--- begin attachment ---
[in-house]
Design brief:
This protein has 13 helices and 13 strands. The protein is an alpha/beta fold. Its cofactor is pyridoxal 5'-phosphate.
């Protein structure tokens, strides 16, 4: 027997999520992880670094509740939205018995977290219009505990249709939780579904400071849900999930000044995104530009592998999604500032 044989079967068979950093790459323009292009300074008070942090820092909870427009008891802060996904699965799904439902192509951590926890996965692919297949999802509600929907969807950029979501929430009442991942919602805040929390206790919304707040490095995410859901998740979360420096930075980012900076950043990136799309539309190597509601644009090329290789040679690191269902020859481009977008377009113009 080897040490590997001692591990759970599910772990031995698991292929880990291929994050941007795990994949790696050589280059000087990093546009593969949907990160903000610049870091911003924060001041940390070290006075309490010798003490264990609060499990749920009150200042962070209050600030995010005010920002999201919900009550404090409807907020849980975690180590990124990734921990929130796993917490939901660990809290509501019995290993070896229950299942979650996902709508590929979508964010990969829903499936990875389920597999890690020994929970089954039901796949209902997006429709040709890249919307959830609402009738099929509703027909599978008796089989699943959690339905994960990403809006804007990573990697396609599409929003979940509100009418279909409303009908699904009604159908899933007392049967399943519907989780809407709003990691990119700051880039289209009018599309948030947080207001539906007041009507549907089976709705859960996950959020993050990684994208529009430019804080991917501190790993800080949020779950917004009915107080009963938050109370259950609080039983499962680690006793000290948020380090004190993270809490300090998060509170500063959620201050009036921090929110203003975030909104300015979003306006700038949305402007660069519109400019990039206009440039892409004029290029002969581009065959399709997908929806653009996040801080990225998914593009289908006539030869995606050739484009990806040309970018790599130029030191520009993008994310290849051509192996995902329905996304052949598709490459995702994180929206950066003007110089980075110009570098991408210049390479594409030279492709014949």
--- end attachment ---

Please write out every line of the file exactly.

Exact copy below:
[in-house]
Design brief:
This protein has 13 helices and 13 strands. The protein is an alpha/beta fold. Its cofactor is pyridoxal 5'-phosphate.
């Protein structure tokens, strides 16, 4: 027997999520992880670094509740939205018995977290219009505990249709939780579904400071849900999930000044995104530009592998999604500032 044989079967068979950093790459323009292009300074008070942090820092909870427009008891802060996904699965799904439902192509951590926890996965692919297949999802509600929907969807950029979501929430009442991942919602805040929390206790919304707040490095995410859901998740979360420096930075980012900076950043990136799309539309190597509601644009090329290789040679690191269902020859481009977008377009113009 080897040490590997001692591990759970599910772990031995698991292929880990291929994050941007795990994949790696050589280059000087990093546009593969949907990160903000610049870091911003924060001041940390070290006075309490010798003490264990609060499990749920009150200042962070209050600030995010005010920002999201919900009550404090409807907020849980975690180590990124990734921990929130796993917490939901660990809290509501019995290993070896229950299942979650996902709508590929979508964010990969829903499936990875389920597999890690020994929970089954039901796949209902997006429709040709890249919307959830609402009738099929509703027909599978008796089989699943959690339905994960990403809006804007990573990697396609599409929003979940509100009418279909409303009908699904009604159908899933007392049967399943519907989780809407709003990691990119700051880039289209009018599309948030947080207001539906007041009507549907089976709705859960996950959020993050990684994208529009430019804080991917501190790993800080949020779950917004009915107080009963938050109370259950609080039983499962680690006793000290948020380090004190993270809490300090998060509170500063959620201050009036921090929110203003975030909104300015979003306006700038949305402007660069519109400019990039206009440039892409004029290029002969581009065959399709997908929806653009996040801080990225998914593009289908006539030869995606050739484009990806040309970018790599130029030191520009993008994310290849051509192996995902329905996304052949598709490459995702994180929206950066003007110089980075110009570098991408210049390479594409030279492709014949």